Wednesday, November 07, 2007

British Soldier Gordon Gentle Iraq death ruled unlawful

Soldier Gordon Gentle Iraq death ruled unlawful
Wed Nov 7, 2007 2:47pm GMT

LONDON (Reuters) - An inquest into the death of a British soldier in Iraq concluded on Wednesday that his killing was unlawful and the result of communications failures within the military.

Gordon Gentle, 19, was killed in June 2004 when his Land Rover was hit by a roadside bomb near Basra. He had been sent to Iraq 10 days after ending training.

His mother, Rose Gentle, waged a three-year campaign for a full inquest into the incident, arguing that a failure to supply her son with the correct equipment had led to his death.

At the end of the eight-day inquest, coroner Selena Lynch found that Gentle's death might have been prevented but for a series of miscommunications and logistics errors by the Ministry of Defence.

"He died as a result of injuries caused by the explosion and was unlawfully killed," Lynch said in her verdict.

"It is probable that the device would not have been detonated if the escort had been equipped with an ECM," she said, referring to Electronic Counter Measures, which the military uses to detect bombs.

The necessary equipment had arrived in Iraq in mid-June and should have been available to Gentle's unit at least a week before his death, but a clerical error with the military logistics unit meant it wasn't distributed.

"Effective action to recognise and rectify the error was not taken by the units responsible for storage, issue and fitting and efforts taken by Fusilier Gentle's unit to obtain (the ECM) were not sufficient to alert them to its availability.

"These errors were exacerbated by a lack of robust tracking and back-up systems," the coroner ruled.

Speaking immediately afterwards, Rose Gentle said she felt vindicated by the coroner's findings and said the Ministry of Defence bore responsibility "from top to bottom".

"I'm proud of Gordon but I am disgusted at the way he was treated," she told BBC television.

"They say when you join the army, it's a brilliant career. At the same time you should be looked after. They should never be sent out without the right equipment.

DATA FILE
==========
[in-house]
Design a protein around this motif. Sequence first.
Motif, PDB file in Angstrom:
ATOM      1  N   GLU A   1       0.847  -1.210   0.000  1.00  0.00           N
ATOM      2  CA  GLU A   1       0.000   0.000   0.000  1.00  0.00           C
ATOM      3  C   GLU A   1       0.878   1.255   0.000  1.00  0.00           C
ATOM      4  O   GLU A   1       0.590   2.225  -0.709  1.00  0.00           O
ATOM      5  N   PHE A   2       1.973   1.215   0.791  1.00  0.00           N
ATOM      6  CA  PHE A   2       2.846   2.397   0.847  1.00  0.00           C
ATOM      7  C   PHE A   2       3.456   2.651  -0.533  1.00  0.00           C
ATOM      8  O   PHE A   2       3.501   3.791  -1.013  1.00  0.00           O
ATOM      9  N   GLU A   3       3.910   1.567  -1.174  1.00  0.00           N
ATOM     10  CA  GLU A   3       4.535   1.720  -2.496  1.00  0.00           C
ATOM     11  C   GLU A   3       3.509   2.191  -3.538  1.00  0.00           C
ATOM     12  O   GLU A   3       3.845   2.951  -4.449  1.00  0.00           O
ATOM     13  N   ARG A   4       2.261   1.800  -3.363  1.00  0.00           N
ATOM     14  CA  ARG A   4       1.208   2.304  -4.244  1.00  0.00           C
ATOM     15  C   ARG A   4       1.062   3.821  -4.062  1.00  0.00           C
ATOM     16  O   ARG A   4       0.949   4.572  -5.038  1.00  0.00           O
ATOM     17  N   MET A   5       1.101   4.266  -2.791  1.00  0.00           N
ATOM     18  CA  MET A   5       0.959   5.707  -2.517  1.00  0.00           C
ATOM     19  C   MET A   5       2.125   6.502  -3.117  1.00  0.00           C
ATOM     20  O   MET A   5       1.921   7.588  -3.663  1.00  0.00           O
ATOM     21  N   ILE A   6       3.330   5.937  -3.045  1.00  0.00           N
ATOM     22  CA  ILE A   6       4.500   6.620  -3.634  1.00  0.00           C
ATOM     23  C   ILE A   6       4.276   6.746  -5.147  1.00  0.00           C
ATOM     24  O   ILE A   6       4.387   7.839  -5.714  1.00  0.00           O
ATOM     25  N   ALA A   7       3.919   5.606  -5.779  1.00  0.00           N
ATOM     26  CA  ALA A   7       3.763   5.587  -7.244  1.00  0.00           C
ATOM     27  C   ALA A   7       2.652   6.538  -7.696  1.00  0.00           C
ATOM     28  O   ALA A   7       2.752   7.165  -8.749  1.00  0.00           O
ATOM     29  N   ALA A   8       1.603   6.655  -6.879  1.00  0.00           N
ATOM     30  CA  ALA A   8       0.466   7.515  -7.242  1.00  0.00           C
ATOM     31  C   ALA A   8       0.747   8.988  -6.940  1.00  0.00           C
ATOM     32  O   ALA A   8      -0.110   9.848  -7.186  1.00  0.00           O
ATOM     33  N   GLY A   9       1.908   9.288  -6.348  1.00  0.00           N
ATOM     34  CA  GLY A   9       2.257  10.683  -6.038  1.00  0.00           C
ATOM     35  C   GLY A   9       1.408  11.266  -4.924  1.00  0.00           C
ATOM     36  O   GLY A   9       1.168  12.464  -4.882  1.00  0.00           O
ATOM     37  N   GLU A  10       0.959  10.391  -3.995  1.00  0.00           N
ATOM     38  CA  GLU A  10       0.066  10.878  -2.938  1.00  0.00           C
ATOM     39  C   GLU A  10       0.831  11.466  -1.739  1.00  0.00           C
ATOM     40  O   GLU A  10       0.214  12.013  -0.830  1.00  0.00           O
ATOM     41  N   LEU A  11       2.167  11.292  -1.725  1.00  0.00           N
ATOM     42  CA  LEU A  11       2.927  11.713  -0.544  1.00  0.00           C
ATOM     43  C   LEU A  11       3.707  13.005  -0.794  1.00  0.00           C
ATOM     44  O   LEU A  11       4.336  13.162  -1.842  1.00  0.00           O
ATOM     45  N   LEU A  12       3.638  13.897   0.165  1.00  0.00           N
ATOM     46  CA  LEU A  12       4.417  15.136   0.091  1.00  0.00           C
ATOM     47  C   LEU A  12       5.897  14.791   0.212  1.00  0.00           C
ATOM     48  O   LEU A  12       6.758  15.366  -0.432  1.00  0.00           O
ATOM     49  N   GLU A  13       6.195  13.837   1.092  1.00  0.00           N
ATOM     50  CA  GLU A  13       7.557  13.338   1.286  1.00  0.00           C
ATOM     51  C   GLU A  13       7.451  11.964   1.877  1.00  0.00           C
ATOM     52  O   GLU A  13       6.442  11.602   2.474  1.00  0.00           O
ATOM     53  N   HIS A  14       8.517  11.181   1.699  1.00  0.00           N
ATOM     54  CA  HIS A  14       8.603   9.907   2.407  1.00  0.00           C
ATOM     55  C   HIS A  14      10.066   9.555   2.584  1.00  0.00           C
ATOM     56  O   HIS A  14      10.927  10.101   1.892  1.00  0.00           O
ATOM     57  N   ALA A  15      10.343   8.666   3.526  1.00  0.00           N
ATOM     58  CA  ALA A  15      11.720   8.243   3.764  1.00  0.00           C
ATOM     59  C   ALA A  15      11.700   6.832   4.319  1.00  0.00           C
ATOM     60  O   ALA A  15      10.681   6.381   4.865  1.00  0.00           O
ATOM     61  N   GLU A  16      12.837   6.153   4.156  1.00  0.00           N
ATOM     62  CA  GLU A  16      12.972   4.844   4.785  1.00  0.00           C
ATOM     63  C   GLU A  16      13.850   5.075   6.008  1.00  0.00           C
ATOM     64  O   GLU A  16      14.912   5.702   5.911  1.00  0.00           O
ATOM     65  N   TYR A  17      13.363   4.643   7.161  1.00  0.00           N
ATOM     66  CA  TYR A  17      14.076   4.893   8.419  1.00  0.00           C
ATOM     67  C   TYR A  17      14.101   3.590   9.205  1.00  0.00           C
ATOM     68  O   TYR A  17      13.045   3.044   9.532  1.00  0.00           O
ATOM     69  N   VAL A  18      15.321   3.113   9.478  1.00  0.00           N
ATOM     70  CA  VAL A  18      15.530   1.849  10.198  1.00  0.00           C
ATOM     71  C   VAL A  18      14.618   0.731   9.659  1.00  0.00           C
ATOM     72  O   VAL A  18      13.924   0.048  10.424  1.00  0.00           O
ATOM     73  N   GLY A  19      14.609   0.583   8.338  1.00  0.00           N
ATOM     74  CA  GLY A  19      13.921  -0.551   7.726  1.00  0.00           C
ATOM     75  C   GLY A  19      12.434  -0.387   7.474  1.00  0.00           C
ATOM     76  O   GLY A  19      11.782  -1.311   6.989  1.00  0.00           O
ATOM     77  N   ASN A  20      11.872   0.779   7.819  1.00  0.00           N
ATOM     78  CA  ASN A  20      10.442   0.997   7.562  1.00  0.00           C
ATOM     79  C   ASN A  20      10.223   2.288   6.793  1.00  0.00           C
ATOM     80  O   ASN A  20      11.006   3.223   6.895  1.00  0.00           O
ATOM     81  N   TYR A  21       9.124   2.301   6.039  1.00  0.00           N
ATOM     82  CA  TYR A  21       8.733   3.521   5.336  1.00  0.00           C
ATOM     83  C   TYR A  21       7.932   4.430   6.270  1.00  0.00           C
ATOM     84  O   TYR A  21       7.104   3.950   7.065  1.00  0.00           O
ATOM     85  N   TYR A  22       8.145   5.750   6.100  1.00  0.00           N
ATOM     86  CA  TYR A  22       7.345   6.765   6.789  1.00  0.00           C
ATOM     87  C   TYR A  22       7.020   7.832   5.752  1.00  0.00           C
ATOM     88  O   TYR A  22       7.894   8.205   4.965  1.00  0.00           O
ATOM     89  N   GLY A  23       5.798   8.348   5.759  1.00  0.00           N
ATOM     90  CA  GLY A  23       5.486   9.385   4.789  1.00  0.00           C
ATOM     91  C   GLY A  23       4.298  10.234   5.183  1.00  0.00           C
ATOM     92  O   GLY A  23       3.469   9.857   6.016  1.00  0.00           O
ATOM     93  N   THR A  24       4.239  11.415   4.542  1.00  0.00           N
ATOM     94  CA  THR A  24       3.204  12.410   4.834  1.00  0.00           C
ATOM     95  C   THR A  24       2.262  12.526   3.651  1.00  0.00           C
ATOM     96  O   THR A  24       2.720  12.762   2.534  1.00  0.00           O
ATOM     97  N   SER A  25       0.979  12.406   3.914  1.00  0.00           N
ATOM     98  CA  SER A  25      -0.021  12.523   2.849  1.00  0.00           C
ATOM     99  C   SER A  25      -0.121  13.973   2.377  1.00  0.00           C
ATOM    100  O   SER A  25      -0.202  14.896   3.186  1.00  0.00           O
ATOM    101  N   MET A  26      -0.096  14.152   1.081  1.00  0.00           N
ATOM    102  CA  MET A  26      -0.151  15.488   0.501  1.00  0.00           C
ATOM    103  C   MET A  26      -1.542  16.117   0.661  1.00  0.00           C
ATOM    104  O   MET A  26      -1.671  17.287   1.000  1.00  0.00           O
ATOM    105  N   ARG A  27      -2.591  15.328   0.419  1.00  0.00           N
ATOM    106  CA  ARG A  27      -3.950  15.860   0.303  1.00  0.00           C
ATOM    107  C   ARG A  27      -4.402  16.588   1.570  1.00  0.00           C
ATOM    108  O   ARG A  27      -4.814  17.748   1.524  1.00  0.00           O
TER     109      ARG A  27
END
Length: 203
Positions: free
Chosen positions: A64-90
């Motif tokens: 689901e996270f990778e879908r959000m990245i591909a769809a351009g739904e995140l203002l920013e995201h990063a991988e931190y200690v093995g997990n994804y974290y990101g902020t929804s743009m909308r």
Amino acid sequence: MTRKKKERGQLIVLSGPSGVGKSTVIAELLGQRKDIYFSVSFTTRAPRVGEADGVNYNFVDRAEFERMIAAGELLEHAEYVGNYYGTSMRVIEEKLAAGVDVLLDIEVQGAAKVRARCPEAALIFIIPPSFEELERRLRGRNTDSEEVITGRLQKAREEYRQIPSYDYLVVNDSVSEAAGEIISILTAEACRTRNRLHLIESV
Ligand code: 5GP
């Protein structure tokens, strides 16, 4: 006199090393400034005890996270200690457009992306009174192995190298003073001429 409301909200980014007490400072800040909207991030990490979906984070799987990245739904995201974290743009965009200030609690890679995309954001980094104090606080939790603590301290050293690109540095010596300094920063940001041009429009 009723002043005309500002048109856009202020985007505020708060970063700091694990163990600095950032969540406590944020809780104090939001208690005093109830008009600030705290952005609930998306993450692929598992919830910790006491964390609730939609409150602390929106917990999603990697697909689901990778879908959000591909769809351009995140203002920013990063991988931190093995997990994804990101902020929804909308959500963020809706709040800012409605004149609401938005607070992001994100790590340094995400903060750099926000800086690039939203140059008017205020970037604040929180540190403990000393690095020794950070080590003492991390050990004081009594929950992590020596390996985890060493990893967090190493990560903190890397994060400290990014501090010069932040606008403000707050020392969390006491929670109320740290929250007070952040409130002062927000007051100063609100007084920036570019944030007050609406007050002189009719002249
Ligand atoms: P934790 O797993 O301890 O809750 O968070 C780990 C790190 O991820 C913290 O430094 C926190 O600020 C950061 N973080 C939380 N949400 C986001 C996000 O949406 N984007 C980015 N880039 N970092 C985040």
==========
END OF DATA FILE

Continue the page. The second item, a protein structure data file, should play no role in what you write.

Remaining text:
"The responsibility's from chain-of-command right down to the bottom -- from top to bottom. The equipment was there. Why didn't they communicate with one another to take it up?"

She also joined the coroner in criticising the difficulty and time it had taken to convene an inquest, obstacles that the coroner blamed on the Ministry.

"The MoD have a policy of disclosure that I would argue is both illogical and based on faulty points of law," Lynch said.

In a statement, the Ministry of Defence said it regretted the events that had led to Gentle's death.

"Our thoughts and sympathies remain with the family," a spokesman said.

"We were immensely saddened at (Gentle's) loss through an attack by insurgents in Basra in June 2004 and we deeply regret the series of events that contributed to it."

(Reporting by Luke Baker)

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"Dear Mrs.Blair" (a short film by Camcorder Guerillas with music by Belle and Sebastian) A video letter to Cherie Blair from Glaswegian mother Rose Gentle, whose son Gordon was killed in Iraq on 28 June 2004. Gordon was 19 years old; he'd joined the Army just six months earlier at his local Job Centre. Thursday 23rd of December 2004 would have been his 20th birthday.

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